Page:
3.
Perihelion and aphelion
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The perihelion is the point in the orbit of a celestial body where it is nearest to its orbital focus, generally a star. It is the opposite of aphelion, which is the point in the orbit where the body is farthest from its focus. The word perihelion stems from the Ancient Greek words peri, meaning around or surrounding, aphelion derives from the preposition apo, meaning away, off, apart. According to Keplers first law of motion, all planets, comets. Hence, a body has a closest and a farthest point from its parent object, that is, a perihelion. Each extreme is known as an apsis, orbital eccentricity measures the flatness of the orbit. Because of the distance at aphelion, only 93. 55% of the solar radiation from the Sun falls on a given area of land as does at perihelion. However, this fluctuation does not account for the seasons, as it is summer in the northern hemisphere when it is winter in the southern hemisphere and vice versa. Instead, seasons result from the tilt of Earths axis, which is 23.4 degrees away from perpendicular to the plane of Earths orbit around the sun. Winter falls on the hemisphere where sunlight strikes least directly, and summer falls where sunlight strikes most directly, in the northern hemisphere, summer occurs at the same time as aphelion. Despite this, there are larger land masses in the northern hemisphere, consequently, summers are 2.3 °C warmer in the northern hemisphere than in the southern hemisphere under similar conditions. Apsis Ellipse Solstice Dates and times of Earths perihelion and aphelion, 2000–2025 from the United States Naval Observatory
4.
Astronomical unit
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The astronomical unit is a unit of length, roughly the distance from Earth to the Sun. However, that varies as Earth orbits the Sun, from a maximum to a minimum. Originally conceived as the average of Earths aphelion and perihelion, it is now defined as exactly 149597870700 metres, the astronomical unit is used primarily as a convenient yardstick for measuring distances within the Solar System or around other stars. However, it is also a component in the definition of another unit of astronomical length. A variety of symbols and abbreviations have been in use for the astronomical unit. In a 1976 resolution, the International Astronomical Union used the symbol A for the astronomical unit, in 2006, the International Bureau of Weights and Measures recommended ua as the symbol for the unit. In 2012, the IAU, noting that various symbols are presently in use for the astronomical unit, in the 2014 revision of the SI Brochure, the BIPM used the unit symbol au. In ISO 80000-3, the symbol of the unit is ua. Earths orbit around the Sun is an ellipse, the semi-major axis of this ellipse is defined to be half of the straight line segment that joins the aphelion and perihelion. The centre of the sun lies on this line segment. In addition, it mapped out exactly the largest straight-line distance that Earth traverses over the course of a year, knowing Earths shift and a stars shift enabled the stars distance to be calculated. But all measurements are subject to some degree of error or uncertainty, improvements in precision have always been a key to improving astronomical understanding. Improving measurements were continually checked and cross-checked by means of our understanding of the laws of celestial mechanics, the expected positions and distances of objects at an established time are calculated from these laws, and assembled into a collection of data called an ephemeris. NASAs Jet Propulsion Laboratory provides one of several ephemeris computation services, in 1976, in order to establish a yet more precise measure for the astronomical unit, the IAU formally adopted a new definition. Equivalently, by definition, one AU is the radius of an unperturbed circular Newtonian orbit about the sun of a particle having infinitesimal mass. As with all measurements, these rely on measuring the time taken for photons to be reflected from an object. However, for precision the calculations require adjustment for such as the motions of the probe. In addition, the measurement of the time itself must be translated to a scale that accounts for relativistic time dilation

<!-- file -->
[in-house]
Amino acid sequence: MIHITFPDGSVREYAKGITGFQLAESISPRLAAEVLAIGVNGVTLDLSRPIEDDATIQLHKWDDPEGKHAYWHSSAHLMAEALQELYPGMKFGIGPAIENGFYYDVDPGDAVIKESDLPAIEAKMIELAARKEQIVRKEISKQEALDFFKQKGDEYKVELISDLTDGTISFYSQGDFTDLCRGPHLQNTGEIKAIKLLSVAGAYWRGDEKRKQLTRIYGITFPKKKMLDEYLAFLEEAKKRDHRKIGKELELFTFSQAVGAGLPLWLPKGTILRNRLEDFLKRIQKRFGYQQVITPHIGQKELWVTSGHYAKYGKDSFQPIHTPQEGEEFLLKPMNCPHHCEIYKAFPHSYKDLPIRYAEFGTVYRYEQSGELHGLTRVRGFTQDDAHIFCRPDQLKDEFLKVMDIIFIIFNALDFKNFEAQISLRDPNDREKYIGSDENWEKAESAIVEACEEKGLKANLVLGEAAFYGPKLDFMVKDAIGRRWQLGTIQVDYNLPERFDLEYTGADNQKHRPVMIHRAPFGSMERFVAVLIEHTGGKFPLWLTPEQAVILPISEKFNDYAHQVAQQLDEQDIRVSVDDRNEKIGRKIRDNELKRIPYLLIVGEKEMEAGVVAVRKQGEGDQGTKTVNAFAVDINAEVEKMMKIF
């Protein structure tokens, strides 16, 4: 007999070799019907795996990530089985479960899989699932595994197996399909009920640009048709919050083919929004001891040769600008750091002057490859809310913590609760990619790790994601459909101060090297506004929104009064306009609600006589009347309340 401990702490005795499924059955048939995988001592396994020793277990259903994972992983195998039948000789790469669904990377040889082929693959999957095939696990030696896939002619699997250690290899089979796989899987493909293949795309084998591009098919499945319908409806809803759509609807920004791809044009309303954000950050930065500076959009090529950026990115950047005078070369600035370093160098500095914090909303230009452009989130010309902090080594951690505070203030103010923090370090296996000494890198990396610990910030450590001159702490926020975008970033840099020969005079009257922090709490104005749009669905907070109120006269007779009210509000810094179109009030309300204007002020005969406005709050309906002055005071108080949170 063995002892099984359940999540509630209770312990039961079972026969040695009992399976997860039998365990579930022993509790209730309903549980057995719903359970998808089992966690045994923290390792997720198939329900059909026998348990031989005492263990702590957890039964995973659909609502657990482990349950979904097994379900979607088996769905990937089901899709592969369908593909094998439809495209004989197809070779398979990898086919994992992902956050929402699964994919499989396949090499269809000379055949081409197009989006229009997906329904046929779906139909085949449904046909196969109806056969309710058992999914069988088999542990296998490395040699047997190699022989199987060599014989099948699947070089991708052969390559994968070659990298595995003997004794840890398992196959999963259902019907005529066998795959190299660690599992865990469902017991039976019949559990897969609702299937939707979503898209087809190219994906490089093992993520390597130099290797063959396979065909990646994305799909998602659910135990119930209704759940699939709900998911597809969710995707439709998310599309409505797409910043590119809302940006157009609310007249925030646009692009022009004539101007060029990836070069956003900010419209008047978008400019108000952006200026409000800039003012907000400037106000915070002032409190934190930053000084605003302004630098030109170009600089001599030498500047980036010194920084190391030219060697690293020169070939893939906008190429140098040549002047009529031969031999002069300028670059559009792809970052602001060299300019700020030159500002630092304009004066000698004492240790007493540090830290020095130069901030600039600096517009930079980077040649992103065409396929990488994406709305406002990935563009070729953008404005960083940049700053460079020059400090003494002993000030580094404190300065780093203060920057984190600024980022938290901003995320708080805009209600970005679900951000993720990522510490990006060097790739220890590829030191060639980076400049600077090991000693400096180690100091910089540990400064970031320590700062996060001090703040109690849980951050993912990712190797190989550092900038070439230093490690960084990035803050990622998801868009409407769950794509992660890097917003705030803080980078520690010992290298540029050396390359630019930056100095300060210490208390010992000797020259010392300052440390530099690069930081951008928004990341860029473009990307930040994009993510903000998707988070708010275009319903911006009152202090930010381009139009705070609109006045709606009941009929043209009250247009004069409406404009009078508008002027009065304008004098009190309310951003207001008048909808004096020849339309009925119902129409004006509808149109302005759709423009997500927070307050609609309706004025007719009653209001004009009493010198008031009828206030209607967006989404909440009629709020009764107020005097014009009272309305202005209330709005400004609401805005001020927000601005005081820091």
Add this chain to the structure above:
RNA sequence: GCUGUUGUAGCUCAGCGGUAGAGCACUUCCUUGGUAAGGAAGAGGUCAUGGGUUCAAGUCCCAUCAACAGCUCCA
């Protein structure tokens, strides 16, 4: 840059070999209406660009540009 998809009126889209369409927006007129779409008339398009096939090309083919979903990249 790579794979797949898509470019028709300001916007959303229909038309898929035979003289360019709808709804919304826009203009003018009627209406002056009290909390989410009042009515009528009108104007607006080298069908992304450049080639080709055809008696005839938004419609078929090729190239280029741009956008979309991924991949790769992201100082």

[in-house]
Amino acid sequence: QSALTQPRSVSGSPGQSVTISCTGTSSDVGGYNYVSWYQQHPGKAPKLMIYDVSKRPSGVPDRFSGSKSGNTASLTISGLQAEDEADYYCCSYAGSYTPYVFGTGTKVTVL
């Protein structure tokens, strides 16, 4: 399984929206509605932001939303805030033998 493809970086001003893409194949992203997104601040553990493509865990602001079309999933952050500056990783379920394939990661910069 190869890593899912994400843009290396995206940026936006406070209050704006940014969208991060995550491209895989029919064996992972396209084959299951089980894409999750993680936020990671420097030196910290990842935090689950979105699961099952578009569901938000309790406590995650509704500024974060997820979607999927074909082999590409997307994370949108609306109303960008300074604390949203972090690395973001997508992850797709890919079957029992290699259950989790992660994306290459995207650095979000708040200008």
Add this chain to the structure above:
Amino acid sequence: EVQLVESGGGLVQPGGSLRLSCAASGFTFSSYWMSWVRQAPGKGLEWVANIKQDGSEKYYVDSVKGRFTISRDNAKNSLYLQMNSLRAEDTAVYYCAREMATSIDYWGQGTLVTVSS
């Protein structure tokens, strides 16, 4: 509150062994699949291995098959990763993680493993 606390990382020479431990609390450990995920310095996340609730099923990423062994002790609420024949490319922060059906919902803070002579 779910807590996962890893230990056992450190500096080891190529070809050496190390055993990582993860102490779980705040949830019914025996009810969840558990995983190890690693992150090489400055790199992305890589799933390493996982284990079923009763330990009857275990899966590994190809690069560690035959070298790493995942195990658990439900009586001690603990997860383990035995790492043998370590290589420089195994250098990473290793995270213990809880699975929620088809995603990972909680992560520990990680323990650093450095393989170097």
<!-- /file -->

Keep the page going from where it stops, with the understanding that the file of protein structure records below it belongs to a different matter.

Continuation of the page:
5.
Orbital eccentricity